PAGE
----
China gets serious on reform, says Pictet’s Lan Wang Simond
Lan Wang Simond, head and senior investment manager on the Pictet Total Return Mandarin, a long/short equity fund investing in Greater China, says that volatility is to be expected as China adjusts the structure of its economy.
A cash crunch and decelerating industrial activity have fuelled concerns that China’s economy could be facing a sharp slowdown. In this Q&A, the manager of Pictet’s Greater China long-short strategy, Lan Wang Simond, says short-term pain is a long-term gain for investors.
Is China facing a hard landing?
I would say that the probability of a hard landing remains low although it will rise if the government does not execute its reform plans well.
The authorities are sticking to their 7.5% growth target for 2013, but they have also opted for a more risky economic strategy – pushing forward structural reforms to get a long term payoff when facing softening growth at home and sluggish recovery abroad.
This would suggest that Beijing is ready to sacrifice some growth in the short term in order to achieve more sustainable expansion over the longer run. Although these changes will be painful initially, reform is clearly needed, as the current economic growth model – which is heavily reliant on exports and investment – is breaking down. Hence, we think that investors should see these developments as a long-awaited move for the better, and not as a threat.
In many ways, the current situation is reminiscent of the mid 1990s when the Chinese government had to deal with the effects of runaway inflation and a huge, inefficient state-owned enterprise sector. Premier Zhu Rongji, the leader at the time, did not choose the easy way out then and pushed through the privatisation of state-owned enterprises in order to boost competitiveness, at the cost of a surge in unemployment and bad debts in the banking sector. The reforms were extremely painful, but were the necessary condition for the low-inflation boom of the following decade.
As the current government attempts to follow the same path, investors will need patience to see results, especially after years of stellar rates of economic growth. Nevertheless, despite some difficulties ahead, we believe that China will ultimately end up a much more balanced economy than what it is now, with a larger consumer base and less dependent on exports and investment.
What is the cause of the stress in the Chinese interbank market? Is a financial crisis in the making?
Over the past few weeks, the central bank has attempted to impose discipline on banks (especially smaller ones) to reduce leverage and liquidity risk. It chose not to intervene when a liquidity squeeze sent the Shanghai Interbank Liquidity Rate (SHIBOR), the benchmark rate used in lending activities between banks, out of its usual range of 3% to 4% to spike above 13% on 20 June. There have been such spikes in the past, but the People’s Bank of China was always ready to correct the surge by providing extra liquidity. This time around, the central bank deliberately held back its rescue, with the aim of exposing shadow banking and sending a warning to the sector. The cash crunch was therefore a policy signal, engineered by the government.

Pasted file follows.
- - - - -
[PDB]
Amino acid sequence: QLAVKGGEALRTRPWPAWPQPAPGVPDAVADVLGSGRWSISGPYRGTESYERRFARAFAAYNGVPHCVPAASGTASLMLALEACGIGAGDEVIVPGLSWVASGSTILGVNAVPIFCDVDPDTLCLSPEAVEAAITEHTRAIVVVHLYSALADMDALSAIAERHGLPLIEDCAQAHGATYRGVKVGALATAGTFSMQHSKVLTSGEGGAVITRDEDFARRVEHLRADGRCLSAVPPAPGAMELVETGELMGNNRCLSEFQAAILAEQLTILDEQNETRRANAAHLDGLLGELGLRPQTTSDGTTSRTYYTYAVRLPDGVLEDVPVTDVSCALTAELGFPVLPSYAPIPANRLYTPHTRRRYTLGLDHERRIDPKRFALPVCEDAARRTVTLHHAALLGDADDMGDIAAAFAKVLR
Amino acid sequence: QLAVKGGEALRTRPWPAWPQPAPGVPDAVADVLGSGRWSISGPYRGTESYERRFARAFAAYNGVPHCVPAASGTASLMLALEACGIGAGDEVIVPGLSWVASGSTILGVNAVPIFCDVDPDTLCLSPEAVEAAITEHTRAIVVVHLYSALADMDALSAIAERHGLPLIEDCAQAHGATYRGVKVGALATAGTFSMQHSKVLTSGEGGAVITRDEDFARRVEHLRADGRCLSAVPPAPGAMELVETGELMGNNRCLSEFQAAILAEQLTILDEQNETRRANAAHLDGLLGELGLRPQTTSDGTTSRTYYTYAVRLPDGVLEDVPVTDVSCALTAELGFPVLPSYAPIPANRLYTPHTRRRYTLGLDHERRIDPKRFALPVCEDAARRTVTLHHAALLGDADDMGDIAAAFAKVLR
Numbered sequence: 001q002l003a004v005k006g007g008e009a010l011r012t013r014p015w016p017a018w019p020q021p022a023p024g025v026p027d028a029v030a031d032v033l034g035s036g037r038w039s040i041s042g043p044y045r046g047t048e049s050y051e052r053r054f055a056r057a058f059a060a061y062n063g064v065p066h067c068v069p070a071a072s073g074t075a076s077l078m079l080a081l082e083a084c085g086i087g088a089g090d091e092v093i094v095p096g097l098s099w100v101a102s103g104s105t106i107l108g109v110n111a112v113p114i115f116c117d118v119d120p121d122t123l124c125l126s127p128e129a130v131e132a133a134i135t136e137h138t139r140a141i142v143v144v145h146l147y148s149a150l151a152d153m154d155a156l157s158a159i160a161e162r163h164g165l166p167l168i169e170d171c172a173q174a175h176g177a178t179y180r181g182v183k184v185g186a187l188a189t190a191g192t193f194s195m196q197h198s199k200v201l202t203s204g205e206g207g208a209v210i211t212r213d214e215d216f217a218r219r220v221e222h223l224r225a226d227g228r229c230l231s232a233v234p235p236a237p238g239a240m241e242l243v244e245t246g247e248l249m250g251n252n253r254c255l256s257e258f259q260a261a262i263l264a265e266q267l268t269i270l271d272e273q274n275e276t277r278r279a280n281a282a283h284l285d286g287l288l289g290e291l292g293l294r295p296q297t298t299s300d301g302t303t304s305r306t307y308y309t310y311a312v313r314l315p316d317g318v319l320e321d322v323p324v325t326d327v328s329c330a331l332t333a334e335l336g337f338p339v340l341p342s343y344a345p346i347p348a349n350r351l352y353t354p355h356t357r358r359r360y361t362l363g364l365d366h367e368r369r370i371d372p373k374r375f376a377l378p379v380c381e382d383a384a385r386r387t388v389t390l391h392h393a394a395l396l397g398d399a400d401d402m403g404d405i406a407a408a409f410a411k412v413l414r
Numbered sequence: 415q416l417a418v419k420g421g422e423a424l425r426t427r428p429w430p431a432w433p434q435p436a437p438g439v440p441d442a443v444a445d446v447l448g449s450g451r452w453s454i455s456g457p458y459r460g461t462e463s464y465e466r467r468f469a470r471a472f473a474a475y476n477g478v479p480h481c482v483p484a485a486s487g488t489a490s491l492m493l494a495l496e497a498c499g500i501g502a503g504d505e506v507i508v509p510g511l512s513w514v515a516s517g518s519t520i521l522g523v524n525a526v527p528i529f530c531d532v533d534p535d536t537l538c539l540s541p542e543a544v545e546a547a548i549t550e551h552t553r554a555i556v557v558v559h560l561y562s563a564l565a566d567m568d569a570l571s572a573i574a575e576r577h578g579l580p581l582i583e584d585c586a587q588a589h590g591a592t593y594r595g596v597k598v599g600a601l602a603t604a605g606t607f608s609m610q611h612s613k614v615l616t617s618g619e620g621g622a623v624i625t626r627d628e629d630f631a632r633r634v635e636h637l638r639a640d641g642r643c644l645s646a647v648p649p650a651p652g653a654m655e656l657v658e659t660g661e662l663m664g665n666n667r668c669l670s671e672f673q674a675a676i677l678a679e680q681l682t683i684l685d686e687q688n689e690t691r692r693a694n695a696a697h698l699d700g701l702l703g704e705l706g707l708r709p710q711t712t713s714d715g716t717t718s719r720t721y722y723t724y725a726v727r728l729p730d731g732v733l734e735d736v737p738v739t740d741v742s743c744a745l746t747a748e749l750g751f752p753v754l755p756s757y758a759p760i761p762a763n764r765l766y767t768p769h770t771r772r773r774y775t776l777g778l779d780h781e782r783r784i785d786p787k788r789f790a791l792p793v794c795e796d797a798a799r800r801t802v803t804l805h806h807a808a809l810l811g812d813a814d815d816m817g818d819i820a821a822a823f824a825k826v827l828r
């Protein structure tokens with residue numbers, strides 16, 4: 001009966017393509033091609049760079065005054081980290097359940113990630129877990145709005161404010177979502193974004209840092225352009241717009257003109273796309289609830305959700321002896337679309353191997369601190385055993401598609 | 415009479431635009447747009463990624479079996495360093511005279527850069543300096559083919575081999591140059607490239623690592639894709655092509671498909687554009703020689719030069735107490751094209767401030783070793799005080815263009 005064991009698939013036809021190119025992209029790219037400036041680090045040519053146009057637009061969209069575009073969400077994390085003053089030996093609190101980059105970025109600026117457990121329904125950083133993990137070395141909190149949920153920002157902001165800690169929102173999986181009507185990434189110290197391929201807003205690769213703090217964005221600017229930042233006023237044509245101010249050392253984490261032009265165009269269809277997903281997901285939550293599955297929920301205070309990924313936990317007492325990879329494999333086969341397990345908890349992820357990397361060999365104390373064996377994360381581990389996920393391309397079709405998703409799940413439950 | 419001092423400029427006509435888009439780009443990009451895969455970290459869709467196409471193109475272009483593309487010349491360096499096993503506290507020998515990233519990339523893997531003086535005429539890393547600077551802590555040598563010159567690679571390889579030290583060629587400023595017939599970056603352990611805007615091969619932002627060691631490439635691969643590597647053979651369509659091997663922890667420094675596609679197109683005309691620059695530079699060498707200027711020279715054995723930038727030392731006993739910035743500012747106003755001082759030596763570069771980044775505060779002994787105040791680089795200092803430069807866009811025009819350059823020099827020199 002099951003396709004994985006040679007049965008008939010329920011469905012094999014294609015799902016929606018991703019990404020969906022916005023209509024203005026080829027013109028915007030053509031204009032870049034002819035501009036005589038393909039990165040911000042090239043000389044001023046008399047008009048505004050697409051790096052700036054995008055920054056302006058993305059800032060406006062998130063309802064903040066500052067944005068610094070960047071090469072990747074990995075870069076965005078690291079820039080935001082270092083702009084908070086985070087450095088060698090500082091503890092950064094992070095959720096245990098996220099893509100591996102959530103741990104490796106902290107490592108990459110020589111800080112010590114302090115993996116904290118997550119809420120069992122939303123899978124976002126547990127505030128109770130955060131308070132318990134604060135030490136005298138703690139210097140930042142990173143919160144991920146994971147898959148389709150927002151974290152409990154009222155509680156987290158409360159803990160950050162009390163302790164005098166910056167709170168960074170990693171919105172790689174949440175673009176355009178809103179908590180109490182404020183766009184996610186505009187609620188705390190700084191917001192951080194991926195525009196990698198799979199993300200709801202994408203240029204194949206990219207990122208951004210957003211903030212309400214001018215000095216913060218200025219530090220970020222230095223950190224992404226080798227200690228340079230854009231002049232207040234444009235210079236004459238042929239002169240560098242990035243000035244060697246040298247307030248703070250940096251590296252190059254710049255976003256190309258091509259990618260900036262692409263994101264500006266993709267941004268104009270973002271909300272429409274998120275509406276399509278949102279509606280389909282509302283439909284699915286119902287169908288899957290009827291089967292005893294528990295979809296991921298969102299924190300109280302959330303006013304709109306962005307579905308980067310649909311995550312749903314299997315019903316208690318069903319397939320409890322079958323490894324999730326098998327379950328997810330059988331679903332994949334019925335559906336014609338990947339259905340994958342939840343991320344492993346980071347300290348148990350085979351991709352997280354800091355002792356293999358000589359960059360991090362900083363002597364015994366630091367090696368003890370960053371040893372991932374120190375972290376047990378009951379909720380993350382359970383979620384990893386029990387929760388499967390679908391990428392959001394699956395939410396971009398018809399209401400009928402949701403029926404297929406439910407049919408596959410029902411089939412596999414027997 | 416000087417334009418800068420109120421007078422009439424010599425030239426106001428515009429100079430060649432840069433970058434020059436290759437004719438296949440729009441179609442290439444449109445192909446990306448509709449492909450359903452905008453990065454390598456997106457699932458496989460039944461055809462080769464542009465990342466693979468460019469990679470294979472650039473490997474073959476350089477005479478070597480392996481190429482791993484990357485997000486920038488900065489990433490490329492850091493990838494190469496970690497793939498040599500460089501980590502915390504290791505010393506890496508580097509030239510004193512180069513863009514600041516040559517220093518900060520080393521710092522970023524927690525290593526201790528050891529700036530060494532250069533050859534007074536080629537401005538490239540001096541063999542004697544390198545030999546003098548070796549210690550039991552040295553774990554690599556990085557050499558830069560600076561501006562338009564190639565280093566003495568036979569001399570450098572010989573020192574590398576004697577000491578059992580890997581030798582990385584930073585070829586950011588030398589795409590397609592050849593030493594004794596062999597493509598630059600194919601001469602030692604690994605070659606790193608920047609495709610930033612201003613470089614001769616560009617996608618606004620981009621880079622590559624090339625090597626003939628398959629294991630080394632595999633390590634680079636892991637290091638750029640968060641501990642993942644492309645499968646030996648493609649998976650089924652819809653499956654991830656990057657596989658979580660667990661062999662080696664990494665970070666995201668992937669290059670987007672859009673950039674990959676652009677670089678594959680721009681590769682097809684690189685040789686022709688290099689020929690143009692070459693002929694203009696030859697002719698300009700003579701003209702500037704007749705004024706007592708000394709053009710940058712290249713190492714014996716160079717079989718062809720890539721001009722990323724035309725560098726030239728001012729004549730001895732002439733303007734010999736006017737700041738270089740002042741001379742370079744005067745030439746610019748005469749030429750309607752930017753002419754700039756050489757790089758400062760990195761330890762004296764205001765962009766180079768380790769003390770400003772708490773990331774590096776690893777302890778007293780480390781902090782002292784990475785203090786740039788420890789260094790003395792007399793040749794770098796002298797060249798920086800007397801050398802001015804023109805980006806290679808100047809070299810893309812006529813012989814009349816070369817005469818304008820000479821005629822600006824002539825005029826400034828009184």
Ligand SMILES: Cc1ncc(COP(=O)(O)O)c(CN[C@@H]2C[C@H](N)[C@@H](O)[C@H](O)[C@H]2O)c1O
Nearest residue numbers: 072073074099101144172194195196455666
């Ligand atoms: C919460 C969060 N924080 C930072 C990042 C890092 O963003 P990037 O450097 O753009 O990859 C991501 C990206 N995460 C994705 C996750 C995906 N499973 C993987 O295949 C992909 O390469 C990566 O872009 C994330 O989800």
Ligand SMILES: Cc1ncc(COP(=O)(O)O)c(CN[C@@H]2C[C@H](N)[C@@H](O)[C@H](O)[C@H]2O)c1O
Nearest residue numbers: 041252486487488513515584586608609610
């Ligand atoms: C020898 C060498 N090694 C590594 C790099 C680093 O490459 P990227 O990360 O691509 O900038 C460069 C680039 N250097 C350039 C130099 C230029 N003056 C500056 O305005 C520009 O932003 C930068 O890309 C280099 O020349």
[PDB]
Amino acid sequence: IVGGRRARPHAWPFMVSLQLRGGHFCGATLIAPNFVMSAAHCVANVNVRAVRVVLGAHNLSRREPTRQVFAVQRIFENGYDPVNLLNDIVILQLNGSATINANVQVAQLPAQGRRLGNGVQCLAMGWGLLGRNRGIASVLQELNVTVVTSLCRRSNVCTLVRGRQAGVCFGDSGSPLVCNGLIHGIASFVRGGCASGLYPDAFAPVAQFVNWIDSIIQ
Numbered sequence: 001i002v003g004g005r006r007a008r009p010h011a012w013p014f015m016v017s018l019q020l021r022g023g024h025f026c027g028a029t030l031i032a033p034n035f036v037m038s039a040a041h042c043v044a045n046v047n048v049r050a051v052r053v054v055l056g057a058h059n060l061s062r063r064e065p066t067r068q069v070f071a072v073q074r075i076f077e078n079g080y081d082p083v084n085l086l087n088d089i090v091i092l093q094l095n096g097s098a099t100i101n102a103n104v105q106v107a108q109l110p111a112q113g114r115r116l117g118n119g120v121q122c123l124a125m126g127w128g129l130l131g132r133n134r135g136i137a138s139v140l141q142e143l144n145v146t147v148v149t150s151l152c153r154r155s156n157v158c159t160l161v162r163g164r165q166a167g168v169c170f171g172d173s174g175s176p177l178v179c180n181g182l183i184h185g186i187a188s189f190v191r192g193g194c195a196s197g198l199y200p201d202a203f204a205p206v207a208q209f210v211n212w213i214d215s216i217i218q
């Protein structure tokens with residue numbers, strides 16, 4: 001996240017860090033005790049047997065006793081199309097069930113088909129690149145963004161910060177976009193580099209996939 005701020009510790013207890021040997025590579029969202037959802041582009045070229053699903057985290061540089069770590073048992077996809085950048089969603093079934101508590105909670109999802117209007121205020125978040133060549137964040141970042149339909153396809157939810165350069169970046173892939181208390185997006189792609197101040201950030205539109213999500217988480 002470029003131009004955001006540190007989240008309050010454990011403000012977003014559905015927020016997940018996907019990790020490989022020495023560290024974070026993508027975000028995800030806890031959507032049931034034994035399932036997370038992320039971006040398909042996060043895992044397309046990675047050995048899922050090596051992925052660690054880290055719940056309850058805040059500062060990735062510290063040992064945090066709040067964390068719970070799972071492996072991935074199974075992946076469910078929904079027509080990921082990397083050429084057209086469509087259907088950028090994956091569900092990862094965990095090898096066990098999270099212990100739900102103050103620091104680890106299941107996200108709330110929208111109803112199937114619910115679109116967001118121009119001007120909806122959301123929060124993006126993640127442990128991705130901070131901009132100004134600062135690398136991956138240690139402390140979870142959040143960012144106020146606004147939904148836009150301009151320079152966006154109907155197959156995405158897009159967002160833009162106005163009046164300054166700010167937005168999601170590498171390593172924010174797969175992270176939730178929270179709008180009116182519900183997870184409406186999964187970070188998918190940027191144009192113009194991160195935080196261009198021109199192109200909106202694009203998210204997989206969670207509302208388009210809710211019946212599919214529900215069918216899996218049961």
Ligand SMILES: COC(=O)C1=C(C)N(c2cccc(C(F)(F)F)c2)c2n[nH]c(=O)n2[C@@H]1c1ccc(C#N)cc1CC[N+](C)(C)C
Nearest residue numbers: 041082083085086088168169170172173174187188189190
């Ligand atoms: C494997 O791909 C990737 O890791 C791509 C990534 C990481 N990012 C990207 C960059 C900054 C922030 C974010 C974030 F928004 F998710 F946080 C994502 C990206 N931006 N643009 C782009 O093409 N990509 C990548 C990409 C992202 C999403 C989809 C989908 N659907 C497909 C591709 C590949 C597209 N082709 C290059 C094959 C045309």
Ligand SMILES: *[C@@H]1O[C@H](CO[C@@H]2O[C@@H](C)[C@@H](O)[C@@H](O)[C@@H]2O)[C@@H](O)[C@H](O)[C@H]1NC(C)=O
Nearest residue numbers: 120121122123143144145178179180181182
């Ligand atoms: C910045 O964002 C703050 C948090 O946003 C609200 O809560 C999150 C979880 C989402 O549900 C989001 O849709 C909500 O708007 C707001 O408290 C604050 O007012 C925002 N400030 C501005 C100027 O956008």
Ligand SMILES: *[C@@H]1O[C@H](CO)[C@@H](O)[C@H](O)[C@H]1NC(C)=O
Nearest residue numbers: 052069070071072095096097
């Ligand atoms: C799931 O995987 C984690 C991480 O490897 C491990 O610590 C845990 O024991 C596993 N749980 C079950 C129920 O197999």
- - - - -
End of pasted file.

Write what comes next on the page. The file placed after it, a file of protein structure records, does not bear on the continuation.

However, here again reforms are the only real solution to the risk that shadow banking poses to the country’s financial stability. The fundamental way to rein in shadow activity is to deregulate the interest-rate market, thus closing the gap between official interest rates and their market-driven counterparts. There have been signs that the new government may soon take bold action to liberalise interest rates somewhat, which is an integral part of making the renminbi a fully convertible currency in China’s capital account. The government is also seeking to allow private capital into state monopoly sectors and reduce state intervention in decision-making. Such changes will create uncertainties for state-owned monopolies, especially banks.
With these reforms, China could remove the obstacles that hinder the country’s transition to a fully-functioning market economy. Yet the liquidity crisis damaged sentiment, and will probably lead to volatility in Chinese financial markets and some disruption in the allocation of credit, negatively affecting companies’ financing. There will be other longer term implications. If banks heed the authorities’ warnings, they should start to shift more of their lending back onto their balance sheets. Overall credit growth (total social financing) will inevitably slow down and the risk of negative credit events in the non-banking financial system – trusts and irregular lending entities – cannot be ruled out.
It is worth noting, however, that the probability of a damaging systemic disruption in the financial system is fairly low, given that all major banks and financial institutions are state-owned or state-controlled.
What does it mean for markets?
Uncertainty and negative headlines are discouraging investors from allocating capital to China. Confidence is also quite low, notably for mainland investors (the A-Share market has been particularly weak), which in turn is affecting sentiment among international investors. But on the positive side, as investors have become overwhelmingly bearish stocks are already trading at single-digit price-to-earnings ratios. Unless profits contract materially, we do not see much downside from current levels.
China’s gradual policy steps to adjust to a market-economy will create volatility in the short and medium term. The previous batch of bold reforms paved the way for many years of economic expansion and a massive bull market in stocks. If new macro- and microeconomic reforms begin to bear fruit, a bull market in stocks may well be in prospect, particularly given the low level of equity valuations.